How to build your own rainwater harvesting system: Instructables offers lots of guides for do-it-yourself rainwater harvesting. We’ve collected three links here, and you can find plenty more if you search the site.
Rainwater harvesting: Self-sufficient home
How to build a rainwater collector
DIY 275-gallon rainwater collection
Rainwater Harvesting Technical Brief: Most roofs can channel rainwater into catchments for use as drinking water (or for irrigation). WaterAid reports on the performance of different roof materials and designs.
RWC Rainwater Harvesting System: Compare rainwater systems in E4C’s Solutions Library. Start with Rainwater Cambodia’s Rainwater Harvesting System and browse similar technologies in a standardized information format.
Life-Cycle Costs of Rainwater Harvesting Systems: The IRC International Water and Sanitation Centre compares the costs and benefits of rainwater harvesting technologies to other water supply systems.
How to Make Ferrocement Tanks: Akvopedia explains how to make ferrocement cisterns that can be used as a septic tank or rainwater catchment.
Wells and sand dams
Hand-Dug Wells: The Water Channel shot this video on well digging in the Tigray Province of northern Ethiopia, where the water table has risen after 20 years of conservation work.
A Guide for Water Well Drilling Supervisors: The Rural Water Supply Network’s guide informs geologists and engineers who supervise borehole drilling.
Sand dams: Properly damming a dry river bed can retain groundwater and water underground when it rains. Kurtis Unger on E4C’s Linked In group reports that sand dams can partially filter water for drinking and they raise the water table, which turns the riverbanks into arable land for agriculture. Besides the link above, Unger provides this from the Guardian: Sand dams voted best solution in water crisis debate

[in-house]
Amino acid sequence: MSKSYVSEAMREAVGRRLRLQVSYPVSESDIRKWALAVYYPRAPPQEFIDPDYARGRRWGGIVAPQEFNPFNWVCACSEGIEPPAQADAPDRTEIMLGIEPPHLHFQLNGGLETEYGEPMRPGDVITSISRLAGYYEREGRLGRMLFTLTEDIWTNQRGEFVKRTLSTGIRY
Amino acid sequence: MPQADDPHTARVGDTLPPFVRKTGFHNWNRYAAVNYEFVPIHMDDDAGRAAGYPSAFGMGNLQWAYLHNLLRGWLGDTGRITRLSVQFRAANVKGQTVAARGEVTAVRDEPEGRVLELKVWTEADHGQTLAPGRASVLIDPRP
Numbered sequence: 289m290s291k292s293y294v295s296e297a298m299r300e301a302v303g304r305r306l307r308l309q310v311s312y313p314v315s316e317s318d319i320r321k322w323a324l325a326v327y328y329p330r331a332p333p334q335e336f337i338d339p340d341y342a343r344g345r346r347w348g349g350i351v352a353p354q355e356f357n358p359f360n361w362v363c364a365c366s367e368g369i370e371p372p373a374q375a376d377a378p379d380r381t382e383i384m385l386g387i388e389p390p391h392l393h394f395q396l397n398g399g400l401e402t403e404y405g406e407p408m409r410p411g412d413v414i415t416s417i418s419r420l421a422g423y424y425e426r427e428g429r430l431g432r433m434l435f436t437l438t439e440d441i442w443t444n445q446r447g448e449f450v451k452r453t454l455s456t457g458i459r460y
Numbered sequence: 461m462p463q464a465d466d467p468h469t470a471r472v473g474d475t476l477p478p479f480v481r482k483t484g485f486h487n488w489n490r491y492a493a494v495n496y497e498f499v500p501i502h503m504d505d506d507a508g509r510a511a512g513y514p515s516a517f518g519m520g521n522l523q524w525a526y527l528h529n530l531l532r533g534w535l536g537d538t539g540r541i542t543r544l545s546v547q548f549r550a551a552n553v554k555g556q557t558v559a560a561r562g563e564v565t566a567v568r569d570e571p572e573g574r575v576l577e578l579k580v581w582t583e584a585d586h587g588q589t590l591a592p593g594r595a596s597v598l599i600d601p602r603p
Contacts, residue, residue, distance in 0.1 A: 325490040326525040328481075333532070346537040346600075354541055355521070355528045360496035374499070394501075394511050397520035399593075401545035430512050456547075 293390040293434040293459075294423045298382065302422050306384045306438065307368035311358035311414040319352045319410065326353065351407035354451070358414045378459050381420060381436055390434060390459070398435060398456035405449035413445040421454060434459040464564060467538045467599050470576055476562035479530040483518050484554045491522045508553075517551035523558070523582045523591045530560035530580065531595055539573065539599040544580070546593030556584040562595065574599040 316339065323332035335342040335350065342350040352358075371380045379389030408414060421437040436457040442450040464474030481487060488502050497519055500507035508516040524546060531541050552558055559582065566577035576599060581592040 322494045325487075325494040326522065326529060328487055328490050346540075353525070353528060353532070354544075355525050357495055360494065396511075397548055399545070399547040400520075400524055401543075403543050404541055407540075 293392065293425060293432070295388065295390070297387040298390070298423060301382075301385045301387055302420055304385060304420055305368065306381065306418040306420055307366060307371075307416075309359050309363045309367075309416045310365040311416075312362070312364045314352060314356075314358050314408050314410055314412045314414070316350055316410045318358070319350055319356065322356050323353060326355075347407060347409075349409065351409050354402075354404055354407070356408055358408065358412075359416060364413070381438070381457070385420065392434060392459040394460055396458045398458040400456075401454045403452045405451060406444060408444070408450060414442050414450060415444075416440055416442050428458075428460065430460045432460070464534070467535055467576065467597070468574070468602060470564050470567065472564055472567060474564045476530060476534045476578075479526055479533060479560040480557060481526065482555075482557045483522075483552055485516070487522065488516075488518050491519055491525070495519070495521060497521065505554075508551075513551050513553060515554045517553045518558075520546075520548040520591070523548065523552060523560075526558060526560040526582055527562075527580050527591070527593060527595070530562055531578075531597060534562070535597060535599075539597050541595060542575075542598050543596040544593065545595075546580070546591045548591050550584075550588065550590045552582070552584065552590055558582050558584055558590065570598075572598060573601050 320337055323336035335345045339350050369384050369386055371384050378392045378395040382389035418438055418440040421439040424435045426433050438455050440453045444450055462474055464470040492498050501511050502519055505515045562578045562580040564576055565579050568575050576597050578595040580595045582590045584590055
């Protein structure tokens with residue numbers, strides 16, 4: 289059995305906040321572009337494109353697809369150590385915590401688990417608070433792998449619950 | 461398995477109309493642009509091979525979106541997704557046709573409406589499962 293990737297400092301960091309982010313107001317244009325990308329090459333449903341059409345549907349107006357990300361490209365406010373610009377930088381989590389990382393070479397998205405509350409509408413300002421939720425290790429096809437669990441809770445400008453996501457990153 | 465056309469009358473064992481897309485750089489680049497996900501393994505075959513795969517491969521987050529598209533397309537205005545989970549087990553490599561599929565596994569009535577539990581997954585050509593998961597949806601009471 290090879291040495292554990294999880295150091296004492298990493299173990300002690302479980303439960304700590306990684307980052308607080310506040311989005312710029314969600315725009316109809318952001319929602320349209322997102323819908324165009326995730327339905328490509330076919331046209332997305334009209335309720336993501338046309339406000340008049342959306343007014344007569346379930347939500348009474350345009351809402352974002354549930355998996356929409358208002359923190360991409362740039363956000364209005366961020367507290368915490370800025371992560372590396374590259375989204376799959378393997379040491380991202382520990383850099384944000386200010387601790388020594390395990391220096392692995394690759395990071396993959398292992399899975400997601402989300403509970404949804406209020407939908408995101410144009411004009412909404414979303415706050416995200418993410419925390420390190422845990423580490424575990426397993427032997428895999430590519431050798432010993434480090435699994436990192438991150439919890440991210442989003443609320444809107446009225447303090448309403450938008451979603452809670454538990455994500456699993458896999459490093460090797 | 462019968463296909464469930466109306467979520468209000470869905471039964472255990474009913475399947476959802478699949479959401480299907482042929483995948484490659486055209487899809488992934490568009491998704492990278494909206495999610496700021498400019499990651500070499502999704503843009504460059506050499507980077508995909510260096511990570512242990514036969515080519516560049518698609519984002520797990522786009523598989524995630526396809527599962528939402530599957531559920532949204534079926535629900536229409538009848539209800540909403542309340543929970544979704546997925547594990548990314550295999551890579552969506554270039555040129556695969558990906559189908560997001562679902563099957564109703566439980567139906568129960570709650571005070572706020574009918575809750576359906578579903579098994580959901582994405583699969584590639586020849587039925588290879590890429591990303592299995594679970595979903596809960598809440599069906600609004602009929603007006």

Human-powered drill: A team at Brigham Young University in Provo, Utah has developed a human-powered drill for making boreholes in places where fuel is too expensive.
Rope pumps and bicycle-powered rope pumps: Rope pumps are an ancient technology that is still at work today lifting water through a tube on discs fastened to a rope. The operator turns a wheel at the top of the well. There are hand-powered and even bicycle versions.
Treadle pumps: A machine on some farms that looks like a stair stepper is actually a foot-operated treadle pump. The pumps use leg power to move pistons and create suction that draws water through a tube. Treadle pump designs include: Kickstart [pending new Solutions Library] / iDE / Practica Foundation
Ram pumps: For off-grid water pumping where there’s downward-flowing water, ram pumps can channel the water’s force to move it upward to where it’s needed. The organizations AIDFI and Green Empowerment promote ram pump technology in developing countries.
“With an available ‘drop’ of one to five meters, some water can be lifted up to 100 meters or more,” says Michel Maupoux at Green Empowerment. “The largest irrigation installation I have seen uses six large ram pumps in parallel, which lift 440 cubic meters (110,000 gallons) of water 35 meters (120ft) to irrigate 35 rice fields. It allowed the 35 farmers to double their yearly harvest.”
Thermal solar pumps: Thermal steam pump prototypes are on fields now using the heat of direct sunlight to boil water and power a small steam engine. iDE and the Practica Foundation are developing designs.
Multi-function platforms [link pending new Solutions Library]: The MFP project takes small diesel engines that run on locally available vegetable oil and outfits them with attachments that mill grains, generate electricity and pump water.
An Engineer’s Guide to Domestic Water Containers: WEDC’s booklet outlines different domestic water containers found in low-income countries.
PackH2O Water Backpack: This pack makes it easier for people to carry water – up to 20 liters – in regions where other methods are hard to come by.
Safe Storage of Drinking Water in Developing Countries: The US Centers for Disease Control & Prevention reports on jerry cans, the Oxfam Bucket, and other hygienic water storage methods.
Hippo Water Roller [link pending new Solutions Library]: Invubu Projects’ water roller allows one person to carry up to 90 liters (24 gallons) of water by rolling it.